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The US-led campaign against terrorism starting with the war in neighbouring Afghanistan took a heavy toll on Pakistani hotel industry

By Syed M. Aslam
June 03 - 09, 2002

The Pakistani hotel industry, particularly the handful of international chains, is heavily dependent on foreign-induced business such as airline crew, transit air travellers and foreign and local guests of multinationals operating in the country. The primarily business of hotels in Pakistan, like elsewhere, is to fill the rooms which not only contributes major share to their overall revenue but to also supplement the income through increased sales of food and beverage. It is also dependent on walk-in traffic at one of many restaurants that these chains house. In the end, however, room occupancy rate is regarded as the benchmark to evaluate the performance of hotel as it singly makes all the difference between making or breaking.

The ripples of the post-September 11 events were felt all over and Pakistan was no exception. The turning of the country into the frontline state in the US-led campaign against terrorism starting with the war in neighbouring Afghanistan took a heavy toll on Pakistani hotel industry. According to a source in one of the international chains in Karachi, prior to September 11 the average room occupancy rate at his hotel was a comfortable over 70 per cent which was drastically reduced to non-economical levels of 40 per cent in November and stayed there for next few months. However, the source claimed, that the competitors took a much worse battering as their important room occupancy rates dropped to an highly uneconomical level of 15-20 per cent.

The Pakistani hotel industry still struggling to recover from of slump suffered a devastating blow once again on May 8 when suicide bombing claimed the lives of 11 French naval workers plus personnel of Pakistan Navy in Karachi. The ripples of the gory incident was felt more profoundly by the hotel industry as it took place right in front of two international hotel chains located across the street in the posh area of the city. The explosion caused heavy damage to the restaurants as glasses flew all over in the premises of these hotels.

At the time of the incident Pakistani and New Zealand cricket squads, both staying in one of the two hotels, were about to leave for the National Stadium to play the test match. The New Zealand squad flew of the country without playing the test while the members of the Pakistani squad also chose to leave the hotel the same day.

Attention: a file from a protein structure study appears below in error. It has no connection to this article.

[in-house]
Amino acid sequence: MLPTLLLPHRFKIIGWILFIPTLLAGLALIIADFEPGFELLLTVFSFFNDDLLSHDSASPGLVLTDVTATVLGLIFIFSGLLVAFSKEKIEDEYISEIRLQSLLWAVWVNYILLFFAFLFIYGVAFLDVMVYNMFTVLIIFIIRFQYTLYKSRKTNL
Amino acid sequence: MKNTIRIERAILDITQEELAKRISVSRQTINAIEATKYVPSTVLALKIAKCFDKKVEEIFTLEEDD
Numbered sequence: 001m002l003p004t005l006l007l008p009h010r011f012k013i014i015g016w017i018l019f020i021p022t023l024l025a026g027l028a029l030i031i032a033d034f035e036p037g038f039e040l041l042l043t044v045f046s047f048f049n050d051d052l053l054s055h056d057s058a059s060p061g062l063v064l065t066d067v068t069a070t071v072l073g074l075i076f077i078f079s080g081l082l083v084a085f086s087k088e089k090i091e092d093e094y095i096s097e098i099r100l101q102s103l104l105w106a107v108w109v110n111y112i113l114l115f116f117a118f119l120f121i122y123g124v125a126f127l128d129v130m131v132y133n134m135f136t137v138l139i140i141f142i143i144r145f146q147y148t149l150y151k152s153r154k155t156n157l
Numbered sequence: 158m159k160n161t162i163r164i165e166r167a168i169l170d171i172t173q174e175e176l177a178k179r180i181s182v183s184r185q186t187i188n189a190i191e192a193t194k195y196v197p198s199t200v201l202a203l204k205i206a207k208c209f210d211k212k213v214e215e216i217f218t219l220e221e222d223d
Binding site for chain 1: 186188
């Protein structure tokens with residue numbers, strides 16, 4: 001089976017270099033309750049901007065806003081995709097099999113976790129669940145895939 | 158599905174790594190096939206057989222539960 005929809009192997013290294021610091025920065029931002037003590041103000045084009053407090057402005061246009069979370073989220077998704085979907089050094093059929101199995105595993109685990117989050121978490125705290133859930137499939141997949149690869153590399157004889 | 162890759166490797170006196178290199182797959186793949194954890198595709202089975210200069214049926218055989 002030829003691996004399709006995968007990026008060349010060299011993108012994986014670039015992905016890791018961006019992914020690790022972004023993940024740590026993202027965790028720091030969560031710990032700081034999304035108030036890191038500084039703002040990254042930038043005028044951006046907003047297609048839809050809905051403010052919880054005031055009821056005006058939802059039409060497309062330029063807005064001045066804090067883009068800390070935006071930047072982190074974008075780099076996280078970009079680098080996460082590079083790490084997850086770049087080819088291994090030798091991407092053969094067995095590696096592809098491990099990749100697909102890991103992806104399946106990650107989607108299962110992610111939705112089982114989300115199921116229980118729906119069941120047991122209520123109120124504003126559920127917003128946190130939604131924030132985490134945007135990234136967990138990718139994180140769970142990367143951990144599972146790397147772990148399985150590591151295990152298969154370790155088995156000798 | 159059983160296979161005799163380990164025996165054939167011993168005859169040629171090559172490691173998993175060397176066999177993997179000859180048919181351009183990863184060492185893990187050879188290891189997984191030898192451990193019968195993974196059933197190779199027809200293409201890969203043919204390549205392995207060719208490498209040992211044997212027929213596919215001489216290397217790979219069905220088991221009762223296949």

At present, informed sources in the hotel industry told PAGE, the average occupancy rate at two of the chains has dropped to moderate 55-65 per cent while it is hurting the third more profoundly. A source at the hotel hit most profoundly told PAGE that the situation is indeed 'not good.' "The guest traffic sponsored by multinationals operating in the country is just not coming and the business from foreign airlines has also come to a stop."

Refusing to be more specific, the source said while the substantial drop in business is taking a heavy toll on the hotel's revenue the fixed expenses remain the same causing great financial discomfort for the organisation. "The hotel industry, five-star hotels in particular and all others in general, is suffering."

Another source in the hotel industry told PAGE that the business from foreign airlines have dried up since May 8. "Prior to September 11 all the international chains had contracts with foreign airlines to provide boarding and lodging to their crew. With the suspension of operations by a dozen foreign airlines to Pakistan after September 11 this captive business dried up but started picking up when many of them resumed their operations. However, after that ghastly incident last month the hotels are once again deprived of the business as foreign airlines are no more accommodating their crew in the local hotels."

The heavy dependence of the five-star hotels on the foreign-induced business and the stoppage of the captive business emanating from the airlines and multinationals is also resulting in drop in sales of food and beverage, the biggest portion of which comes from the guests. In addition, sources told PAGE, that the local component of the walk-in traffic to restaurants housed in these hotels have also dropped significantly recently to pose further problems to an already struggling industry.

The situation has forced many hotels to resort to promotional campaigns to draw the locals into the hotel. For instance, a five-star hotel is banking on the World Cup Football event to give its dropping revenue a boost. It has made arrangements to install big-screen televisions at all the restaurants, lobbies and lounges welcoming the enthusiasts with a free soft drink as well as offering prizes to the walk-in traffic.

Sources in the hotel industry stressed that the hard time necessitates the need for giving some sort of fiscal incentive to the hotel industry. For instance, at present every room occupied is subjected to a 23.6 per cent tax which differ from hotel to hotel and room to room depending on the rent. Abolishing the tax or at least reducing it can do a lot of good to the strolling hotel industry of the country, a source stressed.